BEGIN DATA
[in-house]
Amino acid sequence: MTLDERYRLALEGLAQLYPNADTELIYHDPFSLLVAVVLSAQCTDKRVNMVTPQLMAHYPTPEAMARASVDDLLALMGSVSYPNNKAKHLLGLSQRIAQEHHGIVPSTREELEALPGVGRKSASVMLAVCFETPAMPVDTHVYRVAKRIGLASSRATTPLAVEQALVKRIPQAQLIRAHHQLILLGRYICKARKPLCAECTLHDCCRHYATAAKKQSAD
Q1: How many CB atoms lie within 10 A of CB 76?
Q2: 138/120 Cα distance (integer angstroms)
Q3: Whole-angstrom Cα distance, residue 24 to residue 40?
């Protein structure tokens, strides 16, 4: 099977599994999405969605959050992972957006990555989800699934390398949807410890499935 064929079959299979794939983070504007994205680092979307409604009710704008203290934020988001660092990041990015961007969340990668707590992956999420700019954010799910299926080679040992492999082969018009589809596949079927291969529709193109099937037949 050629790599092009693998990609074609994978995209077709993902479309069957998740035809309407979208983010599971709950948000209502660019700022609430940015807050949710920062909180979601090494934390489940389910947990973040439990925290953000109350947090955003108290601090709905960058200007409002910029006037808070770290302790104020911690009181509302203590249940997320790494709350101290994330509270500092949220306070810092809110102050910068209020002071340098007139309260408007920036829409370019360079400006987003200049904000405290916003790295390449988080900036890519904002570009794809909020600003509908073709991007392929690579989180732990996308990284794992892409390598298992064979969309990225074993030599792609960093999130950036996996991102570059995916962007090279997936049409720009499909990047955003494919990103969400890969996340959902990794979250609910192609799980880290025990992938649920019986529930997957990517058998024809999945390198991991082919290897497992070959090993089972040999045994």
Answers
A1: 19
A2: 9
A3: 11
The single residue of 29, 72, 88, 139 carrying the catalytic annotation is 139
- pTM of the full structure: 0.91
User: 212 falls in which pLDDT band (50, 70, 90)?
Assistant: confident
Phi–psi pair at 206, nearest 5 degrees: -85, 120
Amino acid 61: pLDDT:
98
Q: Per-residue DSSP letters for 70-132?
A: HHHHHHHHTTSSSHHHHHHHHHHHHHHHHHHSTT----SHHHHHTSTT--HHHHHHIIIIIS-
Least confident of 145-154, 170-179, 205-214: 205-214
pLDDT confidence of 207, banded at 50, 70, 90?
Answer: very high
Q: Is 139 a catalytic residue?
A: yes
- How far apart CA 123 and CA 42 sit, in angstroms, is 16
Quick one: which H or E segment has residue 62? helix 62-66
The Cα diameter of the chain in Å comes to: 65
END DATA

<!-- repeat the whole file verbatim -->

[in-house]
Amino acid sequence: MTLDERYRLALEGLAQLYPNADTELIYHDPFSLLVAVVLSAQCTDKRVNMVTPQLMAHYPTPEAMARASVDDLLALMGSVSYPNNKAKHLLGLSQRIAQEHHGIVPSTREELEALPGVGRKSASVMLAVCFETPAMPVDTHVYRVAKRIGLASSRATTPLAVEQALVKRIPQAQLIRAHHQLILLGRYICKARKPLCAECTLHDCCRHYATAAKKQSAD
Q1: How many CB atoms lie within 10 A of CB 76?
Q2: 138/120 Cα distance (integer angstroms)
Q3: Whole-angstrom Cα distance, residue 24 to residue 40?
């Protein structure tokens, strides 16, 4: 099977599994999405969605959050992972957006990555989800699934390398949807410890499935 064929079959299979794939983070504007994205680092979307409604009710704008203290934020988001660092990041990015961007969340990668707590992956999420700019954010799910299926080679040992492999082969018009589809596949079927291969529709193109099937037949 050629790599092009693998990609074609994978995209077709993902479309069957998740035809309407979208983010599971709950948000209502660019700022609430940015807050949710920062909180979601090494934390489940389910947990973040439990925290953000109350947090955003108290601090709905960058200007409002910029006037808070770290302790104020911690009181509302203590249940997320790494709350101290994330509270500092949220306070810092809110102050910068209020002071340098007139309260408007920036829409370019360079400006987003200049904000405290916003790295390449988080900036890519904002570009794809909020600003509908073709991007392929690579989180732990996308990284794992892409390598298992064979969309990225074993030599792609960093999130950036996996991102570059995916962007090279997936049409720009499909990047955003494919990103969400890969996340959902990794979250609910192609799980880290025990992938649920019986529930997957990517058998024809999945390198991991082919290897497992070959090993089972040999045994």
Answers
A1: 19
A2: 9
A3: 11
The single residue of 29, 72, 88, 139 carrying the catalytic annotation is 139
- pTM of the full structure: 0.91
User: 212 falls in which pLDDT band (50, 70, 90)?
Assistant: confident
Phi–psi pair at 206, nearest 5 degrees: -85, 120
Amino acid 61: pLDDT:
98
Q: Per-residue DSSP letters for 70-132?
A: HHHHHHHHTTSSSHHHHHHHHHHHHHHHHHHSTT----SHHHHHTSTT--HHHHHHIIIIIS-
Least confident of 145-154, 170-179, 205-214: 205-214
pLDDT confidence of 207, banded at 50, 70, 90?
Answer: very high
Q: Is 139 a catalytic residue?
A: yes
- How far apart CA 123 and CA 42 sit, in angstroms, is 16
Quick one: which H or E segment has residue 62? helix 62-66
The Cα diameter of the chain in Å comes to: 65